256 pages | 19 B/W Illus.
Chocolate is one of the most visible examples of how a deeply exotic consumer product penetrating our daily lives fascinated Europeans during the Early Modern period. Today, over fifty percent of the four million tons of cocoa produced globally come from Sub-Saharan Africa. Ecuadorian cocoa, on the other hand, is considered premium quality. Yet the fact that Ecuadorian cocoa is preferred by today's artisanal chocolate makers is one of history’s ironic turns. During the eighteenth century, production and exports of Ecuadorian cocoa dramatically expanded due to its fast growth rate, high yield and low price, though certainly not due to its qualities of taste. This book analyzes the transition of chocolate from an exotic curiosity to an Atlantic commodity. It shows how local, inter-regional, and Atlantic markets interacted with one another and with imperial political economies. It explains how these interactions, intertwined with the resilience of local artisanal production, promoted the partial democratization of chocolate consumption as well as economic growth.
1. Reorganizing Interregional and Atlantic Trade (1710s – 1770s)
2. Civilizing Chocolate: Cultural Appropriation and Imperial Political Economy (1690s – 1790s)
3. From Cocoa to Chocolate: The Making of a Spanish Artisanal Industry (1720s – 1770s)
4. Bourbon Reformism, Public Debate and New Forms of Sociability (1730s – 1790s)
5. Social Geography of Chocolate’s Spread in Spain (1690s – 1790s)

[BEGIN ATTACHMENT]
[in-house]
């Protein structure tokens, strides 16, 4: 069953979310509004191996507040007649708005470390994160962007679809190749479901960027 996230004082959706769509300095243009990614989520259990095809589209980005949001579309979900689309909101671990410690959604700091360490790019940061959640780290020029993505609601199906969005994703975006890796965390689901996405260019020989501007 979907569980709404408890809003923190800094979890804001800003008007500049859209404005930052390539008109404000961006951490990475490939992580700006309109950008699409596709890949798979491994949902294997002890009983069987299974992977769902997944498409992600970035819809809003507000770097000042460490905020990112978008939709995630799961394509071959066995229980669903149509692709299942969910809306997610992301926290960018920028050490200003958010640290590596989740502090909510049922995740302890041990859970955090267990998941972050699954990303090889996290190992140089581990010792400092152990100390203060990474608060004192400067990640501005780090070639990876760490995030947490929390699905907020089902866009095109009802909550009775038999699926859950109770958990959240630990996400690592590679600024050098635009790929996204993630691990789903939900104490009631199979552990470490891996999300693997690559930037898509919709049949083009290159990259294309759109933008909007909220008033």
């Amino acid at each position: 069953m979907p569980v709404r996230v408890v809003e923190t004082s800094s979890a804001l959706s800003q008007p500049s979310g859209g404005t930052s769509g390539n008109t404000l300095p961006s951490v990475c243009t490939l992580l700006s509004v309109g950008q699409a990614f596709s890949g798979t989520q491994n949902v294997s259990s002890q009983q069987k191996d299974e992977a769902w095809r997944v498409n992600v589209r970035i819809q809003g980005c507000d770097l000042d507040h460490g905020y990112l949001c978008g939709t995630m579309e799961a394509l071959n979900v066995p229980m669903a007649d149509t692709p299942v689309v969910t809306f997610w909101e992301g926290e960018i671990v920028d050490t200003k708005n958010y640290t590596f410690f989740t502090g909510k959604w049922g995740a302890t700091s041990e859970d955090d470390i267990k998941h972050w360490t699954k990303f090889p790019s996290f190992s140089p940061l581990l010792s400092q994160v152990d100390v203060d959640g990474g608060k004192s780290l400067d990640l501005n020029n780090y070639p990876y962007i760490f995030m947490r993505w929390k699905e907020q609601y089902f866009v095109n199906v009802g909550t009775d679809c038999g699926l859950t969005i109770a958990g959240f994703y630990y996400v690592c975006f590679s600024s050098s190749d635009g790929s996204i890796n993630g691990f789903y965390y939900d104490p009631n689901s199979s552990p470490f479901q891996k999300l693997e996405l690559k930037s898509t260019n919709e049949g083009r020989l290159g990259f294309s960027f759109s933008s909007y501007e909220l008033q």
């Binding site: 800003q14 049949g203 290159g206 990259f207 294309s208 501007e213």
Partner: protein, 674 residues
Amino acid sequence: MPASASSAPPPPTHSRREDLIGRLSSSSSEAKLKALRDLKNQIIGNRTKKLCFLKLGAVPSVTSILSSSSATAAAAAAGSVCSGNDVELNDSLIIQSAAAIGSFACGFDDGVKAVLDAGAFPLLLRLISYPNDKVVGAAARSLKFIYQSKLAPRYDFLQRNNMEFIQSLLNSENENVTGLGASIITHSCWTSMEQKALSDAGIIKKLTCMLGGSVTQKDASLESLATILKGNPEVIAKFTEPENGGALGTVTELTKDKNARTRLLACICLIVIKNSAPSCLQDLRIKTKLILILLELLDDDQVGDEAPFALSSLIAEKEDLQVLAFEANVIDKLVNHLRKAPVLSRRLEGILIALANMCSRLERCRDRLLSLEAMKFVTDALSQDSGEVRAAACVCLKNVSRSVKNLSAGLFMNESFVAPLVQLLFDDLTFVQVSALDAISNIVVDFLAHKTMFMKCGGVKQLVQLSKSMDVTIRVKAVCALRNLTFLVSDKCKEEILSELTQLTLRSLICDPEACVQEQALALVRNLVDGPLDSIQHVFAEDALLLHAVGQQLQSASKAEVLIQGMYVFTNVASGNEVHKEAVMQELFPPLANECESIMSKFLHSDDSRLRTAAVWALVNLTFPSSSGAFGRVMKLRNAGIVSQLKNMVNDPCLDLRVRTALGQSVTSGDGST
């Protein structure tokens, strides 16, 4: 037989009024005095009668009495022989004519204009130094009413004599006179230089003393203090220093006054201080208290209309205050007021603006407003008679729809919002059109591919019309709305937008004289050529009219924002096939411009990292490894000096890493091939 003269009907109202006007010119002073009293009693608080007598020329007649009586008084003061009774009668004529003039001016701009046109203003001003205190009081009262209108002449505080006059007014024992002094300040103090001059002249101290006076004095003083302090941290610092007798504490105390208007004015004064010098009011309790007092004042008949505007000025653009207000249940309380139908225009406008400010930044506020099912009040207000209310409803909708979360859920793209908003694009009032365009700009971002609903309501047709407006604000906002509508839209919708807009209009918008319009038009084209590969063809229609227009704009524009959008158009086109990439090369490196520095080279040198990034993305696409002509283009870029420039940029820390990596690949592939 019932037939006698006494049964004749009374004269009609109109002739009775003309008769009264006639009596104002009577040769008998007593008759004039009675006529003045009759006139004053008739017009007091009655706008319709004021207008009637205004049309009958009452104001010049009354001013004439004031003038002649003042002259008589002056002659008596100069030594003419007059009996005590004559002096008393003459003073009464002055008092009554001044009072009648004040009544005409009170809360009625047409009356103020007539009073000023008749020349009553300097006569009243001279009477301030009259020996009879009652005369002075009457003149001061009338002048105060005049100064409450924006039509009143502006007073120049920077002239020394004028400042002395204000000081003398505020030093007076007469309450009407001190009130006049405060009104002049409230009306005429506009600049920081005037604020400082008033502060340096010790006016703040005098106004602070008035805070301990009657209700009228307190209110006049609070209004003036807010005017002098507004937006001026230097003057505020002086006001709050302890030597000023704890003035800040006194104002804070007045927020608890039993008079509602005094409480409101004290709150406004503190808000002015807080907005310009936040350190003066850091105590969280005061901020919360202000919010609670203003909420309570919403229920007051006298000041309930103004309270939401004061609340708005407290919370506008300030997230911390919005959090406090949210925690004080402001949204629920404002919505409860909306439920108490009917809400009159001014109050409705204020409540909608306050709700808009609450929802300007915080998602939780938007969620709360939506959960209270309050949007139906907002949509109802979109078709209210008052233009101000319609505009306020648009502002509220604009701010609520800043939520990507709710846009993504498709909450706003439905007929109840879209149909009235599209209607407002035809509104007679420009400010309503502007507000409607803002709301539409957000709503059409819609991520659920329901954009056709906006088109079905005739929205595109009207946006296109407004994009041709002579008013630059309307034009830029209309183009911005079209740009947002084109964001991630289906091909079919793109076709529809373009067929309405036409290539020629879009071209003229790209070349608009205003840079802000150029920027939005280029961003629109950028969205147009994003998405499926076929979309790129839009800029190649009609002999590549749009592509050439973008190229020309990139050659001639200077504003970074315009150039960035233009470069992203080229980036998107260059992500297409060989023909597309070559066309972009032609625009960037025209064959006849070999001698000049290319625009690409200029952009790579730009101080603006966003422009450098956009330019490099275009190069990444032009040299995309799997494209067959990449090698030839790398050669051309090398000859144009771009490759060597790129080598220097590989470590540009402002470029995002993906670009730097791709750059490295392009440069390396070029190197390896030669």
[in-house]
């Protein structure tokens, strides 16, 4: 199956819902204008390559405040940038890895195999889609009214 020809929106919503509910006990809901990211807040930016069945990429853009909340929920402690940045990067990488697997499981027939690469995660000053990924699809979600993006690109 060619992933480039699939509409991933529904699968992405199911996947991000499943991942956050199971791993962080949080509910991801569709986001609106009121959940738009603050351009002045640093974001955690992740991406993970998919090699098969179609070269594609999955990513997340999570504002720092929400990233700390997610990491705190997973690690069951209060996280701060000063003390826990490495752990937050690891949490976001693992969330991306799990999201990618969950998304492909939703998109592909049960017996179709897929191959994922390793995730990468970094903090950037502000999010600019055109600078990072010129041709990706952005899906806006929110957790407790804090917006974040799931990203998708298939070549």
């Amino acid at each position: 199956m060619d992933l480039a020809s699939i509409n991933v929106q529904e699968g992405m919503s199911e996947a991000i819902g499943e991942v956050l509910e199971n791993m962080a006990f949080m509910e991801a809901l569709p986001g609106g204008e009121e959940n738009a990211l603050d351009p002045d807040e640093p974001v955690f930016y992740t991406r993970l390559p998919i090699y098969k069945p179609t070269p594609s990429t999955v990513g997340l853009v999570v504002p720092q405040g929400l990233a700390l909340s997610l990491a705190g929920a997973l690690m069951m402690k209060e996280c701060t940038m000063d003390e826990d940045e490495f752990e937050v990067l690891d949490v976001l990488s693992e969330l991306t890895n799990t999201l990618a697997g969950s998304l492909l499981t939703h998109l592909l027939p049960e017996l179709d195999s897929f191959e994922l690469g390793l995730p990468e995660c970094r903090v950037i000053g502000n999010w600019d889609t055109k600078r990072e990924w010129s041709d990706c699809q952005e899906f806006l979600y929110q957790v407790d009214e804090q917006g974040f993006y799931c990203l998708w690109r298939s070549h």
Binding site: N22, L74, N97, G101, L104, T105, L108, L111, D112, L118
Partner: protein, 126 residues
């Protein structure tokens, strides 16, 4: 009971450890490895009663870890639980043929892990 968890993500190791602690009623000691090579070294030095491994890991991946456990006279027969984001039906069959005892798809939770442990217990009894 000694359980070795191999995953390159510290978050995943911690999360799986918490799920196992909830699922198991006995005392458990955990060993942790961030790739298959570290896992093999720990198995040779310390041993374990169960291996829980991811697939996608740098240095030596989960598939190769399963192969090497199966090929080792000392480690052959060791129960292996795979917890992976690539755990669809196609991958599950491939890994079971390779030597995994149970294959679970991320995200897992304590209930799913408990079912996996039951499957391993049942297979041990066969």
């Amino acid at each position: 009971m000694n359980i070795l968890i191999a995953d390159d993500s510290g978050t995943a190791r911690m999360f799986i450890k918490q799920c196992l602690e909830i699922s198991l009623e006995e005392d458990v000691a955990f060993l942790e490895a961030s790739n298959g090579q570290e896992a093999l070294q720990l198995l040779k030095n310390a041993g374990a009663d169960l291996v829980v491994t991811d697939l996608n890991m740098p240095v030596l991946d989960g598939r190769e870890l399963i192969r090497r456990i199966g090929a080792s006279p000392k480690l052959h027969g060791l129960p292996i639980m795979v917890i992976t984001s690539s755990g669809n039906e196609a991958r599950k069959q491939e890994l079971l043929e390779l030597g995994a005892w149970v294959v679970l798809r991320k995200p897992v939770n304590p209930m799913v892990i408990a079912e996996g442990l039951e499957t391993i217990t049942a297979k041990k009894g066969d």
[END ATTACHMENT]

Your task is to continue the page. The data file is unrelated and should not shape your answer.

6. Epilogue: Resilience and Boomerang Effects (1770s – 1790s)
Early Modern Iberian History in Global Contexts: Connexions features studies that address Iberian societies and cultures from a variety of standpoints and theoretical perspectives. It understands Iberian history as a plural way of approaching an ensemble of individuals and groups made up of similarities, connections, contrasts and colliding trajectories. Its aim is to connect the different national and transnational research traditions in the field of Iberian historical studies, and showcase the multifaceted character of the Iberian past, encompassing its many voices as well as the tensions, the violence and the conflicts that opposed its various components, both across the Iberian Peninsula and across the globe.
Editorial Board: Antonio Álvarez Ossorio Alvariño (Universidad Autónoma de Madrid/MIAS), Ângela Barreto Xavier (Universidade de Lisboa), Fernando Bouza Álvarez (Universidad Complutense de Madrid), Arndt Brendecke (Ludwig-Maximilians-Universität München), Bruno Feitler (Universidade Federal de São Paulo), Roquinaldo Ferreira (University of Pennsylvania), Mercedes García-Arenal Rodríguez (CSIC), Xavier Gil Pujol (Universitat de Barcelona), Claire Gilbert (Saint Louis University), Regina Grafe (European University Institute), Manuel Herrero Sánchez (Universidad Pablo de Olavide), Tamar Herzog (Harvard University), Richard Kagan (Johns Hopkins University), Giuseppe Marcocci (University of Oxford), Amélia Polónia (Universidade do Porto), Maria M. Portuondo (Johns Hopkins University), Jean-Frédéric Schaub (EHESS), Mafalda Soares da Cunha (Universidade de Évora), María José Vega (Universidad Autónoma de Barcelona), Bartolomé Yun-Casalilla (Universidad Pablo de Olavide)